Out of all the disgusting things published by Salon, this could be the worst (I know, that is a bold statement).
When the Provisional Irish Republican Army agreed to end its paramilitary insurgency (and/or terrorist campaign) against British rule in Northern Ireland with the Good Friday accords of 1998, it was unambiguously a good thing for the people of Ireland and their British next-door neighbors. It’s not like everything suddenly became hunky-dory in the long and troubled historical relationship between those islands, but the peace has largely held – splinter groups and isolated sectarian violence aside – and an era of relative normalcy and increasing prosperity has followed. Given the global context of the 21st century, an intractable religious-cum-nationalist dispute between two tiny groups of white people in the northwest corner of Europe looks pretty close to irrelevant.
But the end of the IRA’s guerrilla war had a less salubrious effect on the Irish-American population, and I say that in full awareness that on the surface that’s an offensive statement. What I mean is that the last connection between Irish-American identity and genuine history was severed, and all we’re left with now is a fading and largely bogus afterlife. On one hand, Irishness is a nonspecific global brand of pseudo-old pubs, watered-down Guinness, “Celtic” tattoos and vague New Age spirituality, designed to make white people feel faintly cool without doing any of the hard work of actually learning anything. On the other, it’s Bill O’Reilly, Sean Hannity, Pat Buchanan and Rep. Peter King, Long Island’s longtime Republican congressman (and IRA supporter), consistently representing the most stereotypical grade of racist, xenophobic, small-minded, right-wing Irish-American intolerance. When you think of the face of white rage in America, it belongs to a red-faced Irish dude on Fox News. […]
But Irish-Americans rapidly absorbed the lesson that the way to succeed in their new country was to reject the politics of class and shared economic interests and embrace the politics of race. One disgraceful result was the New York draft riots of 1863, the low point of Irish-black relations in American history, when Irish immigrants by the thousands turned on their black neighbors in a thinly disguised race riot. Irish-Americans were under no delusions that the ruling class of Anglo Protestants liked or trusted them, and anti-Irish and/or anti-Catholic bigotry endured in diluted form well into the 20th century. But by allying themselves with a system of white supremacy, the Irish in America were granted a share of power and privilege — most notably in urban machine politics, and the police and fire departments of every major city.
It’s no secret that much of the IRA’s moral and financial support during the 30-year conflict came from the American descendants of Irish immigrants, many of whom were several generations removed from the ancestral homeland, understood the contemporary Irish context poorly, and were motivated by a sentimental and mythological version of nationalism. Supporting the ‘RA’s campaign of anti-British violence, either openly or (this was even more common) in private after a few drinks, was a uniting aspect of 20th-century Irish-American identity. It went along with Clancy Brothers records, covering up for abusive Catholic priests, a certain domestic style of monogrammed lace curtains and china knickknacks, and long St. Patrick’s Day pilgrimages to the kinds of decrepit, wood-paneled big-city bars that today exist largely as upscale simulacra of themselves. (I’m aware there are some real Irish bars left, but if you don’t know I’m not telling.) […]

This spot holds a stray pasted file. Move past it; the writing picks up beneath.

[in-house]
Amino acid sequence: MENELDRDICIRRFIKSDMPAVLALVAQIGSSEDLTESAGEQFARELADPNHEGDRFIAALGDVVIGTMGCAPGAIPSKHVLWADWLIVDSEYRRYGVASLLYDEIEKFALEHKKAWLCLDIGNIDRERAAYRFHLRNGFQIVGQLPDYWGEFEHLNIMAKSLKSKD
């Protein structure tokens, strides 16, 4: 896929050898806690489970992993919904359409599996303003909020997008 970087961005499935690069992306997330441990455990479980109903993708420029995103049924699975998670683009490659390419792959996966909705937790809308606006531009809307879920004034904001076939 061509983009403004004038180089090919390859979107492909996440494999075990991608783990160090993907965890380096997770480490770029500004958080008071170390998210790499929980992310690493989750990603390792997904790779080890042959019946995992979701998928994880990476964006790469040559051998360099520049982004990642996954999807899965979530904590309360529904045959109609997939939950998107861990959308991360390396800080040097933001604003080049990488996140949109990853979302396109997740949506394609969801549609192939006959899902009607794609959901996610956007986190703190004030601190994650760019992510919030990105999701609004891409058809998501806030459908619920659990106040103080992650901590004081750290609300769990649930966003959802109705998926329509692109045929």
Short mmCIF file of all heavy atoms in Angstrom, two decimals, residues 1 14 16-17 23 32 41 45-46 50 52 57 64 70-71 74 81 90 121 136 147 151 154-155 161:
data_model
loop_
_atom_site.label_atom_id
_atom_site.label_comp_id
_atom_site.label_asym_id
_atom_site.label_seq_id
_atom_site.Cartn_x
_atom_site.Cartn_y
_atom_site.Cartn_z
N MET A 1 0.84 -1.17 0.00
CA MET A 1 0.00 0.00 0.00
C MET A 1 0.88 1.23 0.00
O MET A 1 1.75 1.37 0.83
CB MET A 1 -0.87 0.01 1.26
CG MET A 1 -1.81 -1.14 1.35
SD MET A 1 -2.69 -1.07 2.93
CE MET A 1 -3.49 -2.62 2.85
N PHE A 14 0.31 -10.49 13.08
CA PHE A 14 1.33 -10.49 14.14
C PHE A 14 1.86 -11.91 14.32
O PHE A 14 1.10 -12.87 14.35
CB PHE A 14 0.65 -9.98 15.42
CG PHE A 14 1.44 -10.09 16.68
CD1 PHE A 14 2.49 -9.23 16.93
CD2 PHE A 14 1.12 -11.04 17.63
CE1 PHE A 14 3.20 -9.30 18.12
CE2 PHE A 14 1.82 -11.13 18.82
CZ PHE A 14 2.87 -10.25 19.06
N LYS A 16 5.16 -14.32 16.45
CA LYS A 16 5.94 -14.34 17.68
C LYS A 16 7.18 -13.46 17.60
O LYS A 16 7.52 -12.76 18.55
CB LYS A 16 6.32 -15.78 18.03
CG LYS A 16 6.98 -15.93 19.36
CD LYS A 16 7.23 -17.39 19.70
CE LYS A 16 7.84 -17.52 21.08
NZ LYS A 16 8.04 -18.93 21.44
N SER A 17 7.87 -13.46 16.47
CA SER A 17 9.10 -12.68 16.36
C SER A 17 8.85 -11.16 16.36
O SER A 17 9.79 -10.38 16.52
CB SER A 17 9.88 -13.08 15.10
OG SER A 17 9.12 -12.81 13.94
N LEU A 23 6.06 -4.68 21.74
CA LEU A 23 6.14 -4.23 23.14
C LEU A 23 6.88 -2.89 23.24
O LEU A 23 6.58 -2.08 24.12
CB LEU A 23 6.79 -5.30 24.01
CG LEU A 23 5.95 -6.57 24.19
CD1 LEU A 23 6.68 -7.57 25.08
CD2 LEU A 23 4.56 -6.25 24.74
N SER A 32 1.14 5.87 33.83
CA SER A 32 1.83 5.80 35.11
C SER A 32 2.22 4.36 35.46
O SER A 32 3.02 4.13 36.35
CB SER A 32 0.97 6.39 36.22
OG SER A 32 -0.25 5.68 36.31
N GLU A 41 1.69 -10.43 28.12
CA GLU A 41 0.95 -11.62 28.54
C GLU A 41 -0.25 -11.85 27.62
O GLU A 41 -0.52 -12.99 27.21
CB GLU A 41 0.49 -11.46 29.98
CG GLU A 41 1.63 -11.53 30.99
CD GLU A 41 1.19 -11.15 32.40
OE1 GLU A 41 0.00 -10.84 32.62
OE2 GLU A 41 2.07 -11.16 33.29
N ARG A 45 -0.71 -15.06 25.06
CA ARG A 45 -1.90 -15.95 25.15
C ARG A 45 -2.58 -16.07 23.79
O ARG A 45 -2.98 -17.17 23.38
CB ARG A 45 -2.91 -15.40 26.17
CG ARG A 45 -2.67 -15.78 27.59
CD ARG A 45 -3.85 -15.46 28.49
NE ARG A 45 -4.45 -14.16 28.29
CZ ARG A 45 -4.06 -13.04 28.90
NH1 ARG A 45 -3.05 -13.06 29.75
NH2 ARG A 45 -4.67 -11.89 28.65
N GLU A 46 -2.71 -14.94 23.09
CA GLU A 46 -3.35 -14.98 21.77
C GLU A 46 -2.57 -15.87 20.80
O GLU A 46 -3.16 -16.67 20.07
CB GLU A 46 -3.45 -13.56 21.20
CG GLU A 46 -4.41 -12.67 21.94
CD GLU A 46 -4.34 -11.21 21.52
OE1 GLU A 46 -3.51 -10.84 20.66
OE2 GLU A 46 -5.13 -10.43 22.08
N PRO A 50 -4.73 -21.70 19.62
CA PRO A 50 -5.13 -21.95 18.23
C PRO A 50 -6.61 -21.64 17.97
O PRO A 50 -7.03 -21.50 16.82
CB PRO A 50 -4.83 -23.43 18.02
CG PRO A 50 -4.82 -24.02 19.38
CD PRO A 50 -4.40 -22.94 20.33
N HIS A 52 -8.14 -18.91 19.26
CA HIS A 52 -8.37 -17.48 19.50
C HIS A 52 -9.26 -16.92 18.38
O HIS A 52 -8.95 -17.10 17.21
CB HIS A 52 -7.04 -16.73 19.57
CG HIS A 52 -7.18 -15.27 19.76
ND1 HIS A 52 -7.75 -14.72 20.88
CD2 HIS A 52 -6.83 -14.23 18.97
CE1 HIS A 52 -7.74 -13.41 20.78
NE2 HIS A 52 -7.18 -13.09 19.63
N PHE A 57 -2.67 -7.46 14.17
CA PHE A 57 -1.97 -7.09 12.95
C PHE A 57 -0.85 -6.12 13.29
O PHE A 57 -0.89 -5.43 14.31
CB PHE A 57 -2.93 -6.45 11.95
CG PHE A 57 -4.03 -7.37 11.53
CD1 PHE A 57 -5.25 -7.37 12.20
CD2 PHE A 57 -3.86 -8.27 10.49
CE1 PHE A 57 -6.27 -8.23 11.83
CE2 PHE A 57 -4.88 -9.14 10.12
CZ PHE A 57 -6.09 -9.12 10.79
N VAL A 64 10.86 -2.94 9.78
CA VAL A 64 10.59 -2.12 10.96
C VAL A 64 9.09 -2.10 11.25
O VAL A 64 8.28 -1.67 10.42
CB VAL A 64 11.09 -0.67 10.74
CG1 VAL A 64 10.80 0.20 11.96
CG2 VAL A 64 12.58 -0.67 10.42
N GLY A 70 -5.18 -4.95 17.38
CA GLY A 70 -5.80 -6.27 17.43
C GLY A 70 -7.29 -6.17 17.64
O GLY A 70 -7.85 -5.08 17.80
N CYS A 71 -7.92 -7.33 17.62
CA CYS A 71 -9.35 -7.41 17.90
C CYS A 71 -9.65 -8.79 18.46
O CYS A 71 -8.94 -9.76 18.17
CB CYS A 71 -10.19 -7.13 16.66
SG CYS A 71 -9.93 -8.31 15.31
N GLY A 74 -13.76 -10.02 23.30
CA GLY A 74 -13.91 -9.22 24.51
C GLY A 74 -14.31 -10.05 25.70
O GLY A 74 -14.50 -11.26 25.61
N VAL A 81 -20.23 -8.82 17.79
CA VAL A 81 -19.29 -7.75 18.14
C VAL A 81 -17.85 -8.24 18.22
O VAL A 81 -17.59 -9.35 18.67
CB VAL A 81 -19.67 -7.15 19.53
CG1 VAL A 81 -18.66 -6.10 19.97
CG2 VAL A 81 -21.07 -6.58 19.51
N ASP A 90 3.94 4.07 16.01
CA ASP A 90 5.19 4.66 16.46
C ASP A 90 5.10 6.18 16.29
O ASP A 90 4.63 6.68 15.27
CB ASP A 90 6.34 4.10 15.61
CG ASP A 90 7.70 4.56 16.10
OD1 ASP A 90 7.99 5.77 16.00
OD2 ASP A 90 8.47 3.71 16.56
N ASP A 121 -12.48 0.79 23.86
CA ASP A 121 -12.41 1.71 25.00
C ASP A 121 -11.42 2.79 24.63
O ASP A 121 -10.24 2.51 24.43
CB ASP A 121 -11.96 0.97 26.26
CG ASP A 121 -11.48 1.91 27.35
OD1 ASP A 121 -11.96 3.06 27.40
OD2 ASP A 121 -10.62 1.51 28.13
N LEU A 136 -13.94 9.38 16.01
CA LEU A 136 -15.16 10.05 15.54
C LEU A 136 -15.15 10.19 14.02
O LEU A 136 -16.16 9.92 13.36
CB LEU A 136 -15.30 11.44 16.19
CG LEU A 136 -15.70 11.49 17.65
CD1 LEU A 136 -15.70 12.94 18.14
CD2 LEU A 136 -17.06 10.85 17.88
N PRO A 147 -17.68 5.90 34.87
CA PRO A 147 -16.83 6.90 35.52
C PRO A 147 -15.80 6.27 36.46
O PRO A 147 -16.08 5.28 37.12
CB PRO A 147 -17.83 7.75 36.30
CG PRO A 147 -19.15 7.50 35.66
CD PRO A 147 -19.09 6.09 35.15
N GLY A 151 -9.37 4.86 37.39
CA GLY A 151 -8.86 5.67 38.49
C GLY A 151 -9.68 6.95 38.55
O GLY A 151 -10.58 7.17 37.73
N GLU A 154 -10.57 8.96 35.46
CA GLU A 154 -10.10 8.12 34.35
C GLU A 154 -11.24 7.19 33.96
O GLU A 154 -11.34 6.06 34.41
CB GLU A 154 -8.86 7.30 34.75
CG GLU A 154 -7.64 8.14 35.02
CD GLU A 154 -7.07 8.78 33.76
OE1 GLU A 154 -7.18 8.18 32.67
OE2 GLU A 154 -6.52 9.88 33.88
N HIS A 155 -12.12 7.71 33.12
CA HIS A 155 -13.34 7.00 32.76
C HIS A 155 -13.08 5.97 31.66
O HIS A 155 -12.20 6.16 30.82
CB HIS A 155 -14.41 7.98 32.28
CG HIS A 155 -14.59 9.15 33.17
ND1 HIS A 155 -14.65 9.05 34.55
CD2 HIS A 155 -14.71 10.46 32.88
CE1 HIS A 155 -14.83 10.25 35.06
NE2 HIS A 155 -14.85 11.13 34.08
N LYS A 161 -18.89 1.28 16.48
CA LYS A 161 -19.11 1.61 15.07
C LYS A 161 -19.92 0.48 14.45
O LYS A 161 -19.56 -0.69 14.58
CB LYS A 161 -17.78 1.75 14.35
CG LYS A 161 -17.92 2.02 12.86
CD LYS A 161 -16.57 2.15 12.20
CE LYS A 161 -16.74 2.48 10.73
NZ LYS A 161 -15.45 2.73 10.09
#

As Joan’s book and many other sources have discussed, over the course of the last century the bulk of the Irish-American population drifted rightward through the Democratic Party and then out the other side into Archie Bunker-land. A key constituency of the New Deal coalition became, 40 years later, a key constituency of the Reagan revolution. But throughout that period there was always a countervailing social-justice tendency in Irish-American life, the tendency of the antiwar activist brothers Daniel and Philip Berrigan (quite likely the only Jesuit priests ever to make the FBI’s most-wanted list), or of 1952 left-wing presidential candidate Vincent Hallinan and his firebrand San Francisco family. This was the tradition of the radical Vatican II priests, nuns and theologians, who kept many of us from abandoning the Church altogether, and of the 1968 reawakening of Robert F. Kennedy and the subsequent career of his brother Teddy.